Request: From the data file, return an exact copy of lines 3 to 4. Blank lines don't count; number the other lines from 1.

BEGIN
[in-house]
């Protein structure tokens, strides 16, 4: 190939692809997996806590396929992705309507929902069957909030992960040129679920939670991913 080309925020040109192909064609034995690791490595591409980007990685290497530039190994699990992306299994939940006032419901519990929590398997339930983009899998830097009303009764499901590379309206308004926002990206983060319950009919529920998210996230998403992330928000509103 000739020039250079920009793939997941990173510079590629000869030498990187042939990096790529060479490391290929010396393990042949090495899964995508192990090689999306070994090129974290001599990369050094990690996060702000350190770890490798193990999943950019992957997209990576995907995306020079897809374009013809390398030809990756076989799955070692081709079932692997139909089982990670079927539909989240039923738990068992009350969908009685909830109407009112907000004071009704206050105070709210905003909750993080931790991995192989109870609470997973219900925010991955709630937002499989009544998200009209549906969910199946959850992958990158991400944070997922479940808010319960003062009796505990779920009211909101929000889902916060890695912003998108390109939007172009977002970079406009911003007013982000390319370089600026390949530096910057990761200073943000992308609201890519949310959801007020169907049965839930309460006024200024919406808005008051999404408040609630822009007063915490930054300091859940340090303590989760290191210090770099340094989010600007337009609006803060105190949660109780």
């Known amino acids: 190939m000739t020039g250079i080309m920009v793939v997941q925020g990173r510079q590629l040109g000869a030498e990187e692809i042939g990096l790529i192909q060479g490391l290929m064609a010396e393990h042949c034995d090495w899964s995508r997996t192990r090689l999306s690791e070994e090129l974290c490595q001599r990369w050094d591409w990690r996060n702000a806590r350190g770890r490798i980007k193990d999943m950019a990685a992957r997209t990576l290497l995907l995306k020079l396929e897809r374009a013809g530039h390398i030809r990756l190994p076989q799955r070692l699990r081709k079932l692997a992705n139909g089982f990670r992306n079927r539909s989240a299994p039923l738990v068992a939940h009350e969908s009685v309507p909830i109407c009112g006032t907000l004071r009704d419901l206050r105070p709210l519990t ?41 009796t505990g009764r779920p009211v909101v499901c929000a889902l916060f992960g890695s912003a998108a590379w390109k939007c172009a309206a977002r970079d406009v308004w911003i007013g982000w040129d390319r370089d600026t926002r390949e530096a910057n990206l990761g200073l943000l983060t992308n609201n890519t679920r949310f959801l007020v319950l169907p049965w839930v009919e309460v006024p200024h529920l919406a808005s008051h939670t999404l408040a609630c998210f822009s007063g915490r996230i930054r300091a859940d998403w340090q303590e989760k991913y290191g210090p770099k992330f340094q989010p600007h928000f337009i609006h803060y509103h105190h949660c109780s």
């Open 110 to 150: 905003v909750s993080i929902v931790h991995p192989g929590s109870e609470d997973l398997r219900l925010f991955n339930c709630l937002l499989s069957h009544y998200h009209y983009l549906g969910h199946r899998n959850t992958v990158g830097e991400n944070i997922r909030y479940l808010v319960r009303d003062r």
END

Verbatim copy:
């Known amino acids: 190939m000739t020039g250079i080309m920009v793939v997941q925020g990173r510079q590629l040109g000869a030498e990187e692809i042939g990096l790529i192909q060479g490391l290929m064609a010396e393990h042949c034995d090495w899964s995508r997996t192990r090689l999306s690791e070994e090129l974290c490595q001599r990369w050094d591409w990690r996060n702000a806590r350190g770890r490798i980007k193990d999943m950019a990685a992957r997209t990576l290497l995907l995306k020079l396929e897809r374009a013809g530039h390398i030809r990756l190994p076989q799955r070692l699990r081709k079932l692997a992705n139909g089982f990670r992306n079927r539909s989240a299994p039923l738990v068992a939940h009350e969908s009685v309507p909830i109407c009112g006032t907000l004071r009704d419901l206050r105070p709210l519990t ?41 009796t505990g009764r779920p009211v909101v499901c929000a889902l916060f992960g890695s912003a998108a590379w390109k939007c172009a309206a977002r970079d406009v308004w911003i007013g982000w040129d390319r370089d600026t926002r390949e530096a910057n990206l990761g200073l943000l983060t992308n609201n890519t679920r949310f959801l007020v319950l169907p049965w839930v009919e309460v006024p200024h529920l919406a808005s008051h939670t999404l408040a609630c998210f822009s007063g915490r996230i930054r300091a859940d998403w340090q303590e989760k991913y290191g210090p770099k992330f340094q989010p600007h928000f337009i609006h803060y509103h105190h949660c109780s």
């Open 110 to 150: 905003v909750s993080i929902v931790h991995p192989g929590s109870e609470d997973l398997r219900l925010f991955n339930c709630l937002l499989s069957h009544y998200h009209y983009l549906g969910h199946r899998n959850t992958v990158g830097e991400n944070i997922r909030y479940l808010v319960r009303d003062r």